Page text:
One player that may not be around to take part in those game plans in Shannon Brown. We’ve discussed the man we’ve called WOW a few times lately and I won’t rehash all those ideas now. But to summarize he’s grown a fair amount as a player with the Lakers and with that growth has come positives and negatives. He’s shown he can impact the game with his athleticism and shot making as well as with his lack of attention to detail.
But now that he’s opted out, the Lakers are in a position where they’ll need a replacement of some sort. Kobe was able to play his fewest minutes since his second season almost primarily because of Shannon’s performance as his back up. With Brown gone, we’re either in for Kobe’s minutes going back up or giving those minutes to one of the other guards/wings on the current roster. And while I’m all for seeing if Barnes, Ebanks, or one of the rookies can step in and play, I’m not for relying on that going into next season. I’m also not for relying on Fisher or Blake picking up minutes as the de-facto back up to Kobe in small line ups.
Of course, there’s still the option that Brown returns as he did before last season when he and the Lakers did this same dance. Mutual interest is natural considering the familiarity between the parties. However, if Brown does leave the Lakers for greener pastures (more money) or a role where he can spread his wings more, back up shooting guard will instantly become a priority for this team.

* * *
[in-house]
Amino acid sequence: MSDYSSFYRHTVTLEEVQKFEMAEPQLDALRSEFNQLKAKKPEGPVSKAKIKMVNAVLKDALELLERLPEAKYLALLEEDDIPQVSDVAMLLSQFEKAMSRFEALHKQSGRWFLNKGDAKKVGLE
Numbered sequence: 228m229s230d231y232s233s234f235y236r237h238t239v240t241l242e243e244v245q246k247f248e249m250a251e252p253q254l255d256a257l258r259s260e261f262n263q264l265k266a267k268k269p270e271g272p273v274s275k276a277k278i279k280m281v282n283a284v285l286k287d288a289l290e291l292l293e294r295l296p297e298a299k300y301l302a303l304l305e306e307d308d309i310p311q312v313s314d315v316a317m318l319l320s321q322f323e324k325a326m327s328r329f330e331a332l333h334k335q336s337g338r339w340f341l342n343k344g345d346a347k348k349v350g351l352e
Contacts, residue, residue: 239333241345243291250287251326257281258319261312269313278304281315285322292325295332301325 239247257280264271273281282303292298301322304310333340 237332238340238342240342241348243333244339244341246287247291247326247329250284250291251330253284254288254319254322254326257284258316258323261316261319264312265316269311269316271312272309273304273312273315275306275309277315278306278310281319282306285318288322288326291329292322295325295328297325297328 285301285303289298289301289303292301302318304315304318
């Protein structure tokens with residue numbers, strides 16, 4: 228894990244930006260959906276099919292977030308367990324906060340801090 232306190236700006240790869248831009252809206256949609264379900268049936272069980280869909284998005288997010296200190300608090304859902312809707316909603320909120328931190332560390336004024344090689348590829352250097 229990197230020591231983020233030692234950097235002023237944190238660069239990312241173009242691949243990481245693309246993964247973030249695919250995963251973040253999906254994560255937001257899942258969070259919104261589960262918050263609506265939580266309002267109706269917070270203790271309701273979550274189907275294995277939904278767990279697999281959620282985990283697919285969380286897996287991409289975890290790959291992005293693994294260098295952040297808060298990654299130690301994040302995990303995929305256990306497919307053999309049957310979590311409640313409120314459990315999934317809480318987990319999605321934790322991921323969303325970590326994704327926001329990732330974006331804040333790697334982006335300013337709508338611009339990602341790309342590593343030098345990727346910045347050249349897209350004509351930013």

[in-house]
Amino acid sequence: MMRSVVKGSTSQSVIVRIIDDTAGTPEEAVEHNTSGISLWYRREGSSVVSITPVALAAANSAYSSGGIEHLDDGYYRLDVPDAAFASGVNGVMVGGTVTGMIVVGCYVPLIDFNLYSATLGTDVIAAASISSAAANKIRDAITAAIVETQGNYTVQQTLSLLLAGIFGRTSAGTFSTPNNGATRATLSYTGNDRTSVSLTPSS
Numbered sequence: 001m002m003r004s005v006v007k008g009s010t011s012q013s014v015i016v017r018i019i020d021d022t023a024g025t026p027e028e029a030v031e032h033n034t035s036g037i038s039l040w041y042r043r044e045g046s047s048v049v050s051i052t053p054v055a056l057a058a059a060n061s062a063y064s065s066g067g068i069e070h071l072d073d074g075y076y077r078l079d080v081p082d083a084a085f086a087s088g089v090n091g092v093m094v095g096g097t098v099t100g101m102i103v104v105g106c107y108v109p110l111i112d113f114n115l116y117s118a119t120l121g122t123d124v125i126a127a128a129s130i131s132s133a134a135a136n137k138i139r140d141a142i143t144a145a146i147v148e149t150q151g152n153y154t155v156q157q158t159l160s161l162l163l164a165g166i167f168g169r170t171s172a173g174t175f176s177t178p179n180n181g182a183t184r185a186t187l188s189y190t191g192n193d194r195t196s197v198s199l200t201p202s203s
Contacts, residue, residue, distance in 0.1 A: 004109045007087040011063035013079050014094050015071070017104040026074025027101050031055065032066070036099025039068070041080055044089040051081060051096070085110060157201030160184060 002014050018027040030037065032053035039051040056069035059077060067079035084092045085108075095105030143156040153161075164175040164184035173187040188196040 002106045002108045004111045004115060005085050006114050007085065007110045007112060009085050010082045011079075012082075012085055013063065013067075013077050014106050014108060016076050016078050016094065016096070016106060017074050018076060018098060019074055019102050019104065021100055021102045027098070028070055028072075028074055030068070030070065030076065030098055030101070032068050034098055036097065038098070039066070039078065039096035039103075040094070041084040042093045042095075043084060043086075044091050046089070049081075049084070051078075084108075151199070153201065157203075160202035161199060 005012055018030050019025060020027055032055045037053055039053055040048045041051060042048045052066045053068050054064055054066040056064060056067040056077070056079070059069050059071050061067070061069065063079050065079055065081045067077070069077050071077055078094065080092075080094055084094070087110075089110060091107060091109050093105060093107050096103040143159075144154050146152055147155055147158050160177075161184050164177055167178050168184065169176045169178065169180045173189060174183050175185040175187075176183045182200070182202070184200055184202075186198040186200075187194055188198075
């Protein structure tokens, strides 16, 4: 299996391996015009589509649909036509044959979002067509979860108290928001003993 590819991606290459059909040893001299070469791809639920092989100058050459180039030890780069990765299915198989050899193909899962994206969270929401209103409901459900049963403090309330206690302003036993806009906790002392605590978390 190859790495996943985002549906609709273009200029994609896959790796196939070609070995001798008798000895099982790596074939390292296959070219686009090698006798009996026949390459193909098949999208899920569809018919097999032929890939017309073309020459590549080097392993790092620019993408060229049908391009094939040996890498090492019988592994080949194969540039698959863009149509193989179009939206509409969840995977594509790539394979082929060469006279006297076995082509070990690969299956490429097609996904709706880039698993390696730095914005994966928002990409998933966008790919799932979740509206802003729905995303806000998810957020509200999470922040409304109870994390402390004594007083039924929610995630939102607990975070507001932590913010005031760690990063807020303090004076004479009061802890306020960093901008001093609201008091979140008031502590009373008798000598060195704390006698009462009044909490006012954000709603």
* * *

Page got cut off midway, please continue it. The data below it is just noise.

The problem then becomes forecasting how the Lakers fill that role considering we don’t yet know what rules the league will be operating under. But that’s the nature of this lock out. There will be more questions asked but until there’s an agreement between the players and owners they’ll go unanswered.
In any event, I wish Shannon Brown the best of luck in whatever decision he makes. He made us all stand up and cheer at least once a game with one of his patented high flying moves and showed tremendous growth as a player that few expected anything from when he originally came.
Renato Afonso says
On Shannon Brown, the thing that must have weighted the most was the announcement of the lockout. All players under contract will have to sit it out. I believe the law doesn’t allow them to sign two different contracts with different teams.